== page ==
DeVos made the comments in one of her first interviews since being confirmed last week. She said teachers at the school — the first one she visited on the job — were “sincere” but seemed to be in “receive mode,” which she said “is not going to bring success to an individual child.”

The school took to Twitter late Friday to make its case. In 11 messages, the school described several teachers who creating new programs and tailoring their teaching to meet students’ considerable needs.

“JA teachers are not in a ‘receive mode,'” read the final message. “Unless you mean we ‘receive’ students at a 2nd grade level and move them to an 8th grade level.”

The former and current D.C. schools chiefs have also weighed in. Chancellor Antwan Wilson, who accompanied DeVos on her school visit, issued a statement praising the teaching at Jefferson Academy. And his predecessor, Kaya Henderson, tweeted her withering take on DeVos’s comments:

Here’s the full tweetstorm from Jefferson Academy, which D.C. Public Schools considered a “rising school” because of its good -but-not-great test scores.

DeVos later added:

first steps

Secretary Betsy DeVos on first school visit: ‘Teachers are waiting to be told what they have to do’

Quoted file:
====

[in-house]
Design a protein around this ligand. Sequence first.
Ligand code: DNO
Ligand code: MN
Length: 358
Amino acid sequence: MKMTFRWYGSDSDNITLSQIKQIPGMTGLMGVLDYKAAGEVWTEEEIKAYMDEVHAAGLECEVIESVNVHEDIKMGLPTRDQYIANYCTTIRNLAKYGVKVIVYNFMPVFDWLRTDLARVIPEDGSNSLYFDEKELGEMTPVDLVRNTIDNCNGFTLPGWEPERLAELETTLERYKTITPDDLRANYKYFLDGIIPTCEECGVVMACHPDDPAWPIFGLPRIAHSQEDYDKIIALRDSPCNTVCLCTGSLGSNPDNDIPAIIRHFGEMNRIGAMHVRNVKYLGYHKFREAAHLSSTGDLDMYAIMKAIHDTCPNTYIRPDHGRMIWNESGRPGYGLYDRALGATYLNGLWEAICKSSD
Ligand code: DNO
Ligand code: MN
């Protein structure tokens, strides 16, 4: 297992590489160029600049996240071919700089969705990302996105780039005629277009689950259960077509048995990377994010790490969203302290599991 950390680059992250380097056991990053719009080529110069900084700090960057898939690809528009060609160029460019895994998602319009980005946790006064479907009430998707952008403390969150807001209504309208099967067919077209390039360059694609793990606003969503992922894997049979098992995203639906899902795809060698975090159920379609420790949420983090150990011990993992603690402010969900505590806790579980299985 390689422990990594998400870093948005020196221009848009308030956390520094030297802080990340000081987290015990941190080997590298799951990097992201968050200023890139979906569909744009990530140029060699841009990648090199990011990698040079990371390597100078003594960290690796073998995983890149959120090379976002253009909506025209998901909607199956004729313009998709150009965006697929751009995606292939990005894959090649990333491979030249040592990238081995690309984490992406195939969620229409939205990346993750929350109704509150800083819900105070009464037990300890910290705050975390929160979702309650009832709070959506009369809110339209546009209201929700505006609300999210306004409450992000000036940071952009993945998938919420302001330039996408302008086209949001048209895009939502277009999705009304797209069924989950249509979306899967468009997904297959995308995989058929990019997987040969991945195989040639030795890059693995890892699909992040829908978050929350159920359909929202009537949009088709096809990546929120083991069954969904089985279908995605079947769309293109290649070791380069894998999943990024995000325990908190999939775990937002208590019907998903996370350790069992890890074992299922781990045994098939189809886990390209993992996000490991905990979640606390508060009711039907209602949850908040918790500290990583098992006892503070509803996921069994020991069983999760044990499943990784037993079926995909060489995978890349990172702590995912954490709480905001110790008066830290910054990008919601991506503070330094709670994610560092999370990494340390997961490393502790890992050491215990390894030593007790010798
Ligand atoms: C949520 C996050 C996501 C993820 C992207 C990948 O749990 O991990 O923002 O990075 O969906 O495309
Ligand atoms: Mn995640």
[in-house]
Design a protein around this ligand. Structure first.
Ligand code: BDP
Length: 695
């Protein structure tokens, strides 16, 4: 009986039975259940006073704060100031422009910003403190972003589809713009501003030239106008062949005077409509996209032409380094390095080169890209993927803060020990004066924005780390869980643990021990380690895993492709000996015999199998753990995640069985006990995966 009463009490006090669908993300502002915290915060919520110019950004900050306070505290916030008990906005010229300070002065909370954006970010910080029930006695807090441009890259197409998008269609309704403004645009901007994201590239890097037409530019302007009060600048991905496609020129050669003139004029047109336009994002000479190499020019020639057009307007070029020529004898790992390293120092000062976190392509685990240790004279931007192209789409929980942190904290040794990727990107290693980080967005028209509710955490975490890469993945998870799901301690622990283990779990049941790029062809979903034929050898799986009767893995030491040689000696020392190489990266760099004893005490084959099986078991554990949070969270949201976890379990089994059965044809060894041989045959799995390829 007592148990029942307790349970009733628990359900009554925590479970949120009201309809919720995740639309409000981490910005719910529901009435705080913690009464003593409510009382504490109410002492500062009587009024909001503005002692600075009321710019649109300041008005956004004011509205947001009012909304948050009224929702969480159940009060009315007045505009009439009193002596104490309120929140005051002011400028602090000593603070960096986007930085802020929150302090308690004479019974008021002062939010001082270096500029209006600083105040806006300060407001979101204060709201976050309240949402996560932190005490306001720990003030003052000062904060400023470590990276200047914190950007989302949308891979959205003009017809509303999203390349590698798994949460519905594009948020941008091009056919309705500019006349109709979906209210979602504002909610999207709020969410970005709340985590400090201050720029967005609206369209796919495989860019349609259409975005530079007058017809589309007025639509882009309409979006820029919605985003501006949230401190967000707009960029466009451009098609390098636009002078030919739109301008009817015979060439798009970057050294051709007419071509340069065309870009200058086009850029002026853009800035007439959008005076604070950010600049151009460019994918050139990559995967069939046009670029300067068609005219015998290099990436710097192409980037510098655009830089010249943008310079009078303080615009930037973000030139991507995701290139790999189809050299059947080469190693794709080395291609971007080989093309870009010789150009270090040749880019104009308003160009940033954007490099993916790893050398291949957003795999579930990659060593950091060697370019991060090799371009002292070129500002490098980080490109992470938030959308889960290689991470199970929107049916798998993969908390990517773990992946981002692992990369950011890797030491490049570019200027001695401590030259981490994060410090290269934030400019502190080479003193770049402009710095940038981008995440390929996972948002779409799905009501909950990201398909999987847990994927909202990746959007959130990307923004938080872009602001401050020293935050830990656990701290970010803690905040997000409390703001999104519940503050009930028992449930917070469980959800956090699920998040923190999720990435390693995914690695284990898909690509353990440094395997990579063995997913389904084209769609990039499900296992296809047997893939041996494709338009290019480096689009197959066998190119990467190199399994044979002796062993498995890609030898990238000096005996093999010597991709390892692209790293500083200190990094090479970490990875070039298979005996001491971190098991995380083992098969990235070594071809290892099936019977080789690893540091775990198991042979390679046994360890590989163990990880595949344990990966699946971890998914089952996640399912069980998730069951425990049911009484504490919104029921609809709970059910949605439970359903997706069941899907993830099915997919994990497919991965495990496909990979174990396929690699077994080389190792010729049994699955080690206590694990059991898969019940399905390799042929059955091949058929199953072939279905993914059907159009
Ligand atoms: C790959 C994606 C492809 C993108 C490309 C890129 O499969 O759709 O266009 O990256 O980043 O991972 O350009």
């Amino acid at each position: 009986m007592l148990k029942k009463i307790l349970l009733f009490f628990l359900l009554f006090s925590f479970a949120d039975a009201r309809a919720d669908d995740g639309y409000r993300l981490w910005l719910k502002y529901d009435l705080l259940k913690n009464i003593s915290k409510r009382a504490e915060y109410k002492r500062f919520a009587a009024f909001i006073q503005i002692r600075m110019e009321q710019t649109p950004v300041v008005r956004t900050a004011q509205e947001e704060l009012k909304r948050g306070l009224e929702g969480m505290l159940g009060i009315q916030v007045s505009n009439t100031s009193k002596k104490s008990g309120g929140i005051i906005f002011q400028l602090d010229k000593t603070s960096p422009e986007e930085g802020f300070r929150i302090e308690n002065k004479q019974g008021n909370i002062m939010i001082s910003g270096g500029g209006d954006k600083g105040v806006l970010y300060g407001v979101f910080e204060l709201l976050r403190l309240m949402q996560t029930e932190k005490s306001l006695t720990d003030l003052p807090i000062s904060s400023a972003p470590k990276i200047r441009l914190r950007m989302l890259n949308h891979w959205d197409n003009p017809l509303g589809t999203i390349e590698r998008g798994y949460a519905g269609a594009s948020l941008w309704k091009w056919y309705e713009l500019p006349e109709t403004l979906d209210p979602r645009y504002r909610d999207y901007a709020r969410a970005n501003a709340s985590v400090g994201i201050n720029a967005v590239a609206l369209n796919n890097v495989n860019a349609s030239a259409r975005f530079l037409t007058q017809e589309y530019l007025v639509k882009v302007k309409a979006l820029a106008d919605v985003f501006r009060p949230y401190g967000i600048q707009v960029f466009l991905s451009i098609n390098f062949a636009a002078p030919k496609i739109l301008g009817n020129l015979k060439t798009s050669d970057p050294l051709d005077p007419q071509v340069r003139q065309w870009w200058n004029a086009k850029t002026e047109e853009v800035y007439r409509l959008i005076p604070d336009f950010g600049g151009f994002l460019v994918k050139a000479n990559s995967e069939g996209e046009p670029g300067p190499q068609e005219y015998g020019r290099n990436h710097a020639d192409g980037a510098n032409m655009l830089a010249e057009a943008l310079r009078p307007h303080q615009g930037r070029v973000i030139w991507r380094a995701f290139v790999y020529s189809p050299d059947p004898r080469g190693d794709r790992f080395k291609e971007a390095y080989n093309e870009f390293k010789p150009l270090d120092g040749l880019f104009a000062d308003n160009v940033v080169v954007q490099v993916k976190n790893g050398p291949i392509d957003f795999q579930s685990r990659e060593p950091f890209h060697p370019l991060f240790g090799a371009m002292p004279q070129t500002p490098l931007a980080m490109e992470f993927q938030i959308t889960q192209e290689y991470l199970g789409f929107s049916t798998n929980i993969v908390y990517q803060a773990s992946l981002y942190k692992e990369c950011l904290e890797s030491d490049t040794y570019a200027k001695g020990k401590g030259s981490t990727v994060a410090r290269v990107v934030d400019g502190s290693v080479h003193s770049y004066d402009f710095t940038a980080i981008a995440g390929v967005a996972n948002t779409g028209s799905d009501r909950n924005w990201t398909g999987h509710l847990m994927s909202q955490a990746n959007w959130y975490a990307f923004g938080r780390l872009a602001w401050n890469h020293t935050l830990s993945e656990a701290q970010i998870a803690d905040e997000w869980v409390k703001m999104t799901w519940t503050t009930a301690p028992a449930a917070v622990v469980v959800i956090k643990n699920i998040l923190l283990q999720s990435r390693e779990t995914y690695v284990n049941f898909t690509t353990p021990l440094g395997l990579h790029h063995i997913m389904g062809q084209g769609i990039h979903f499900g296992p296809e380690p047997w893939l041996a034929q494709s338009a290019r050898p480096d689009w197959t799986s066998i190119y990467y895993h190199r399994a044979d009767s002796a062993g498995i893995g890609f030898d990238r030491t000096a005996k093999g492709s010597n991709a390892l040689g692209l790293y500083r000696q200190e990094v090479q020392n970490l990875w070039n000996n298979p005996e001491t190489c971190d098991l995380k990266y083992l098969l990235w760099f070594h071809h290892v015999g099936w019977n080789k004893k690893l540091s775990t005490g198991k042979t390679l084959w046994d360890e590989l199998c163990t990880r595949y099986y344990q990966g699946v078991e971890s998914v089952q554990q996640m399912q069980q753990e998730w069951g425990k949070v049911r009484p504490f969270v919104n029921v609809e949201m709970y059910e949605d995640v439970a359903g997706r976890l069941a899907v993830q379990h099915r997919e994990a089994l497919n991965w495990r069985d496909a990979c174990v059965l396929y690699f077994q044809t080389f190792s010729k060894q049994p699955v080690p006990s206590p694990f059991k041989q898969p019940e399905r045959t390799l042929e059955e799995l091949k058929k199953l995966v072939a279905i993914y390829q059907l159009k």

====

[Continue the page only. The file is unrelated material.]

For someone now running the federal education department, Secretary Betsy DeVos doesn’t have many ideas for how it’s needed.

In one of her first interviews since being confirmed as secretary last week, DeVos said the federal government was right to step in “when we had segregated schools” and to ensure girls’ access to sports teams. But she suggested that those issues have been resolved, narrowing the issues where federal intervention might be appropriate.

From the interview, published Friday by Axios (the new news site created by Politico’s founders):

“I think in some of the areas around protecting students and ensuring safe environments for them, there is a role to play … I mean, when we had segregated schools and when we had a time when, you know, girls weren’t allowed to have the same kind of sports teams — I mean, there have been important inflection points for the federal government to get involved.” But are there any remaining issues like that where the federal government should intervene? “I can’t think of any now,” she replied.